The EMD SD75M is a series of diesel-electric locomotives produced by General Motors Electro-Motive Division in 1994. The series was a response to General Electric's Dash 9-44CW. By increasing up the output of the 16-710-G3 engine from 4,000 to 4,300 horsepower (3,000 to 3,200 kW), the engine becomes a player in the locomotive industry. The unit can be distinguished from EMD's SD70 by the added bulge below the inertial air-intake on the right side of the unit. The "M" in the model designation is the style of the cab, in this case the North American style cab. The SD75I has an "Isolated Cab" which reduces noise and vibration in the cab from the engine. Both models use the HTCR-II radial truck and are mounted on the 72-foot-4-inch (22.05 m) frame. This model only sold 76 units and was not as popular as the SD70. The biggest buyer of this model was Santa Fe (ATSF), now Burlington Northern Santa Fe, with 51 units; an additional 25 were lettered for BNSF in early 1996, during the merger process.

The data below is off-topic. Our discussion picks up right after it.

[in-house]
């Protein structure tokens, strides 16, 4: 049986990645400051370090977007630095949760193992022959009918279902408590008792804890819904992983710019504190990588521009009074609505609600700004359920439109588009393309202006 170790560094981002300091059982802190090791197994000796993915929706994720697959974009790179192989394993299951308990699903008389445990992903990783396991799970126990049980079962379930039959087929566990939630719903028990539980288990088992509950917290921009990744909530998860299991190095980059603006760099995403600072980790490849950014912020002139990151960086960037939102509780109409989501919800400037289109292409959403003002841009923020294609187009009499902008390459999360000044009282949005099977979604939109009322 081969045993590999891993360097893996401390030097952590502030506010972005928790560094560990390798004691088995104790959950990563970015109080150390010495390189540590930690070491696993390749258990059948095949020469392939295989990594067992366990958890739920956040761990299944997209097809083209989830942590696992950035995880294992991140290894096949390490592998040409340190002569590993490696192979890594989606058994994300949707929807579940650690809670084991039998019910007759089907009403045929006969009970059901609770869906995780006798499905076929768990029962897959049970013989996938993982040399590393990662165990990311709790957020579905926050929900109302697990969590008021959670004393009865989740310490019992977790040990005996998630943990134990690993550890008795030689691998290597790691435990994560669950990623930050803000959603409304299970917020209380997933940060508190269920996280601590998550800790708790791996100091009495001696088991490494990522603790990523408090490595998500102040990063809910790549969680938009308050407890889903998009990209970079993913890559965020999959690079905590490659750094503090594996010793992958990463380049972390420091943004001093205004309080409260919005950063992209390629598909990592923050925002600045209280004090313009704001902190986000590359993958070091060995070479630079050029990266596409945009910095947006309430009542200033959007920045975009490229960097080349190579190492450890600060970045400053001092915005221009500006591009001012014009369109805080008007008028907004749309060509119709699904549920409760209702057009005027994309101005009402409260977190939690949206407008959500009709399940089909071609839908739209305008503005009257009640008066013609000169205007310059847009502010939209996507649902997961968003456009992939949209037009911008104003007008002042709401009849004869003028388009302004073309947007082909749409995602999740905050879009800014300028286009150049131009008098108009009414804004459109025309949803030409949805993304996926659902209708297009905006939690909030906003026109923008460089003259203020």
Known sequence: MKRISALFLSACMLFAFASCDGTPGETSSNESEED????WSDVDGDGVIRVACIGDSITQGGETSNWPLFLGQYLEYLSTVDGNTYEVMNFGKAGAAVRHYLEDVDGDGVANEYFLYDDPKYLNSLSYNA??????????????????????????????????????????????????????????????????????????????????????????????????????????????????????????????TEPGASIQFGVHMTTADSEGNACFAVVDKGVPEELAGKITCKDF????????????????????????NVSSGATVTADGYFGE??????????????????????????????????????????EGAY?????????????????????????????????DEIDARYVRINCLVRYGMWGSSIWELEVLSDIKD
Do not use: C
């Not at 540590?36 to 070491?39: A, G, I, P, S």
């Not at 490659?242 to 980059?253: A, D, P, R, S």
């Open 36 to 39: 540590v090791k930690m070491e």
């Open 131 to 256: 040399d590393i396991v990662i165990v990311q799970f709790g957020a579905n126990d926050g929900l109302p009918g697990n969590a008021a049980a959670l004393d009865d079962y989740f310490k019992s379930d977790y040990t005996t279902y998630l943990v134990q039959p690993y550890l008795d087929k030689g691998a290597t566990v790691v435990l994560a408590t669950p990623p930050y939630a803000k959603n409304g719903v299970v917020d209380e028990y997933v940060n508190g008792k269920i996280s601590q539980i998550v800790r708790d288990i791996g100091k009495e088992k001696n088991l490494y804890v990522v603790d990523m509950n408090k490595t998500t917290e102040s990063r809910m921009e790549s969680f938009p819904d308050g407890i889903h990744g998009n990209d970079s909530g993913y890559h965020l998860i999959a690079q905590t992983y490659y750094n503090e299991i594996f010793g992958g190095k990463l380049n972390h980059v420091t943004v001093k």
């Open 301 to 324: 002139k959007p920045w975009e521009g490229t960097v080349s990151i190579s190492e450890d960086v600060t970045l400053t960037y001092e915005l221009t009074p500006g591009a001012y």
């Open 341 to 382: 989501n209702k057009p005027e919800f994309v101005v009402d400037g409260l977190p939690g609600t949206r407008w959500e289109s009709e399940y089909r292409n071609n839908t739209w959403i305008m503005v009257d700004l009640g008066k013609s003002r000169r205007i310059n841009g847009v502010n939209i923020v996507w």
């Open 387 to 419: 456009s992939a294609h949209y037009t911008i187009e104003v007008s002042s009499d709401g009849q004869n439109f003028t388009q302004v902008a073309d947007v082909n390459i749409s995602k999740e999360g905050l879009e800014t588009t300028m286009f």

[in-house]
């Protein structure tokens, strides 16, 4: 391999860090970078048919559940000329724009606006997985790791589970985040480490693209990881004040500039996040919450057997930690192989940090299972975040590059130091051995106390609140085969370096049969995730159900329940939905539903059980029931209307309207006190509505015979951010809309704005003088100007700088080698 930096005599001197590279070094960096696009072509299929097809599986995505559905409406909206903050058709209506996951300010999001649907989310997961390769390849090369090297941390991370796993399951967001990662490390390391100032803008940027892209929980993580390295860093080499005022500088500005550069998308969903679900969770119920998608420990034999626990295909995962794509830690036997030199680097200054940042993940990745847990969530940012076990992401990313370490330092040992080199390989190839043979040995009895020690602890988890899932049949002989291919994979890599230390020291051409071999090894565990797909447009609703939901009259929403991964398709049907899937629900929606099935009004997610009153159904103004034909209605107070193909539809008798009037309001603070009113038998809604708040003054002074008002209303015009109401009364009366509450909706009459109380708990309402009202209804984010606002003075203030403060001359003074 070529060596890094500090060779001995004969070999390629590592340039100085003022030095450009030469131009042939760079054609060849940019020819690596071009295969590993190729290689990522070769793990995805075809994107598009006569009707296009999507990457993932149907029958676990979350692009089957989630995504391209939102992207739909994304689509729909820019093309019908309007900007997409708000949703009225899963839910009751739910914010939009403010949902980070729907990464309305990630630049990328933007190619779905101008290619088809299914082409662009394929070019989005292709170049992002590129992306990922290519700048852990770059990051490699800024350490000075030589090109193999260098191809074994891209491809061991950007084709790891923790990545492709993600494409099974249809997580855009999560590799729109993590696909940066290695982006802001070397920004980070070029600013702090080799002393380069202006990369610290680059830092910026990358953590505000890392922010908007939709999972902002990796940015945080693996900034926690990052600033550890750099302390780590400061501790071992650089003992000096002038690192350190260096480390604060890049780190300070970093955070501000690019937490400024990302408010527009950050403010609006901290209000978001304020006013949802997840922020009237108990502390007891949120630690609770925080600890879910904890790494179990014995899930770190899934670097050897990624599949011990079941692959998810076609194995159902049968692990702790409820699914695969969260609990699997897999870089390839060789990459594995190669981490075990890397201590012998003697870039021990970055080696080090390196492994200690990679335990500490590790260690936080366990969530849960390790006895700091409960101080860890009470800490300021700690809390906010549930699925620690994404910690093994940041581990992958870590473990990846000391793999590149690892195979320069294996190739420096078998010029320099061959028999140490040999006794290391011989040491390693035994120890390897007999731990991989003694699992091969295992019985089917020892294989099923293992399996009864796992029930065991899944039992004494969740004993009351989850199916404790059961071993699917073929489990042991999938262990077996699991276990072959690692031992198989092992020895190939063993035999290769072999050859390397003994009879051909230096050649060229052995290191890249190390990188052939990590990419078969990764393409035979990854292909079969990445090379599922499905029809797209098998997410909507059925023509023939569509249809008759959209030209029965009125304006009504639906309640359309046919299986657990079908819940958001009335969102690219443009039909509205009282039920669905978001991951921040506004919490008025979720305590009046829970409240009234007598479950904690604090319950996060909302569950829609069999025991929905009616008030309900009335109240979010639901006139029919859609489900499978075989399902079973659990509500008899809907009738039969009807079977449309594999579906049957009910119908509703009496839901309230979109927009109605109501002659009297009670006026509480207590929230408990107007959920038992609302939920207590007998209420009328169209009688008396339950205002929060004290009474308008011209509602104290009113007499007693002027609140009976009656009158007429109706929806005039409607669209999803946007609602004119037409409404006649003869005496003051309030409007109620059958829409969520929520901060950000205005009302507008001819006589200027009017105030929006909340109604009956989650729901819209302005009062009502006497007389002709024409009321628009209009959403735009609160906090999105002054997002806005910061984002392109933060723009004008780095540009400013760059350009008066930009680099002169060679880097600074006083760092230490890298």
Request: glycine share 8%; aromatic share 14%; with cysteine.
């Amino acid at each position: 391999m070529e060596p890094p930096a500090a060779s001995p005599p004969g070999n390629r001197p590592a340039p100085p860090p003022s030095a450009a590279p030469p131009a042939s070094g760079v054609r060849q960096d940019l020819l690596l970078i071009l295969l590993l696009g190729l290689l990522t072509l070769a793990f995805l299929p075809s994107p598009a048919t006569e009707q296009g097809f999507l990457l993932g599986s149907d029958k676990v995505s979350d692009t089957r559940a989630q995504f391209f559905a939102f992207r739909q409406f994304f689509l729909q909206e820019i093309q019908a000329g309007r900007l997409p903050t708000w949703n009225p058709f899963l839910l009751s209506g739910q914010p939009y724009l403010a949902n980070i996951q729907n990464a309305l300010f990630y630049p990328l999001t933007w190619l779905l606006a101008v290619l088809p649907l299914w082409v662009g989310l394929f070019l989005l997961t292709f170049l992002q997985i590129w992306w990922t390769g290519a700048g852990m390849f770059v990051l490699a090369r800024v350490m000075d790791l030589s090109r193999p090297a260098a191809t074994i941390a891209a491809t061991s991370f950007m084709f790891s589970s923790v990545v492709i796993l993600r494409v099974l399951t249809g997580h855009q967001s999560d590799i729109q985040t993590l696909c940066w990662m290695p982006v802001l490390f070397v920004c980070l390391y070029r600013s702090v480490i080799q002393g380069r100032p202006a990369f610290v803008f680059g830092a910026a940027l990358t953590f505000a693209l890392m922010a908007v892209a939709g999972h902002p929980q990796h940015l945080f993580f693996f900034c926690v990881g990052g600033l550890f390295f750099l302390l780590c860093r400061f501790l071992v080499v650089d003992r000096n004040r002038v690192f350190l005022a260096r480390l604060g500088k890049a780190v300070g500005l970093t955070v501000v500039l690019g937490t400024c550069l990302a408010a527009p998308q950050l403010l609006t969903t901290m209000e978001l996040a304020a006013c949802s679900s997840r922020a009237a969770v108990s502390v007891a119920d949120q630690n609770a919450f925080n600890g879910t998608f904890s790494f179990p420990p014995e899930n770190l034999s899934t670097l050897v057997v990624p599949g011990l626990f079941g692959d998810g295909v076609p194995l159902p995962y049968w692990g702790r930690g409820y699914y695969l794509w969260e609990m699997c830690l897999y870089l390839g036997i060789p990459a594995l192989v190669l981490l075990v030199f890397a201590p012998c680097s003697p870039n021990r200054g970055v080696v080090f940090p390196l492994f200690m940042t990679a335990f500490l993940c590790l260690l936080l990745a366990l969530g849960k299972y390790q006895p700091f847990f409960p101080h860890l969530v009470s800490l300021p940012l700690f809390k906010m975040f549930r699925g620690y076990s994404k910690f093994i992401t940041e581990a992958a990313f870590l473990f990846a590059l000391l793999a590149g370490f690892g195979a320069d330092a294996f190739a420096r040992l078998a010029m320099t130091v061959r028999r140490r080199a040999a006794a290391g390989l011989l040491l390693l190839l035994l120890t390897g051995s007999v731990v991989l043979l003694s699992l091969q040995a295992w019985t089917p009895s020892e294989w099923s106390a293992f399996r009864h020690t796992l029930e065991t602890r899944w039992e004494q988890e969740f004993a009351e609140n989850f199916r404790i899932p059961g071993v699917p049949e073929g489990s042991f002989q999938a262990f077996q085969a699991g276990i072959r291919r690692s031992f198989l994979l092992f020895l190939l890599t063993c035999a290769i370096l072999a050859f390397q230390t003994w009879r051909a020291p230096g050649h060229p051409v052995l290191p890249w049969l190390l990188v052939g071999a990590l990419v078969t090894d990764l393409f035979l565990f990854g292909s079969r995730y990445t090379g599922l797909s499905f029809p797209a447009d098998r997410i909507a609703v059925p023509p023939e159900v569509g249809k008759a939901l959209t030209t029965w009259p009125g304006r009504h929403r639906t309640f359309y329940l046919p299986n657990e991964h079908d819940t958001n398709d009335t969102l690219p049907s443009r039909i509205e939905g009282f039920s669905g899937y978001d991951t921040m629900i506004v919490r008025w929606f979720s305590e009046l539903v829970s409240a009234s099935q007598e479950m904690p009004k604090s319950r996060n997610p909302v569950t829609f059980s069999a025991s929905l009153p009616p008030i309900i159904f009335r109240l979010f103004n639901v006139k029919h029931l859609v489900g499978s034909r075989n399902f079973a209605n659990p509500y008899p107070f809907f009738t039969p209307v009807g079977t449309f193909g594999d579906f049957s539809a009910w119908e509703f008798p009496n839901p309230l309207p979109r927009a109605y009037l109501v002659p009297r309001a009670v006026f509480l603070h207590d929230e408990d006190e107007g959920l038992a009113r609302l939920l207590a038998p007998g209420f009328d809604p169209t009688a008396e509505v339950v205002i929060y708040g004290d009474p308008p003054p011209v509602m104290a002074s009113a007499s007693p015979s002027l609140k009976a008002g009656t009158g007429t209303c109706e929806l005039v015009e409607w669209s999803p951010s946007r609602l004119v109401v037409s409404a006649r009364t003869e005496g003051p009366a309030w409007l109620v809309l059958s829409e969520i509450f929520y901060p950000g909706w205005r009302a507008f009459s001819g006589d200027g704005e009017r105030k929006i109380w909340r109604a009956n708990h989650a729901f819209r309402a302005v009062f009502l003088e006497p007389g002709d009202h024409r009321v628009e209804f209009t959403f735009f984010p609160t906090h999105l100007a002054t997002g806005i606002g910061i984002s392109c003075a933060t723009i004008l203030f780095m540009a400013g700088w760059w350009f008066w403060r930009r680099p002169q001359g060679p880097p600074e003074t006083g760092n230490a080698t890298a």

Mainly built for a special request from Santa Fe, the SD75M's are slightly more powerful than SD70M's, having horsepower ratings between 4,300 hp (3,200 kW) & 4500 hp. They are almost identical to SD70Ms, but can be distinguished by looking for an equipment blower duct on the right side. SD70Ms have a blower duct on the left side only (like most EMD engines), but SD75Ms have a blower duct on both sides of the locomotive.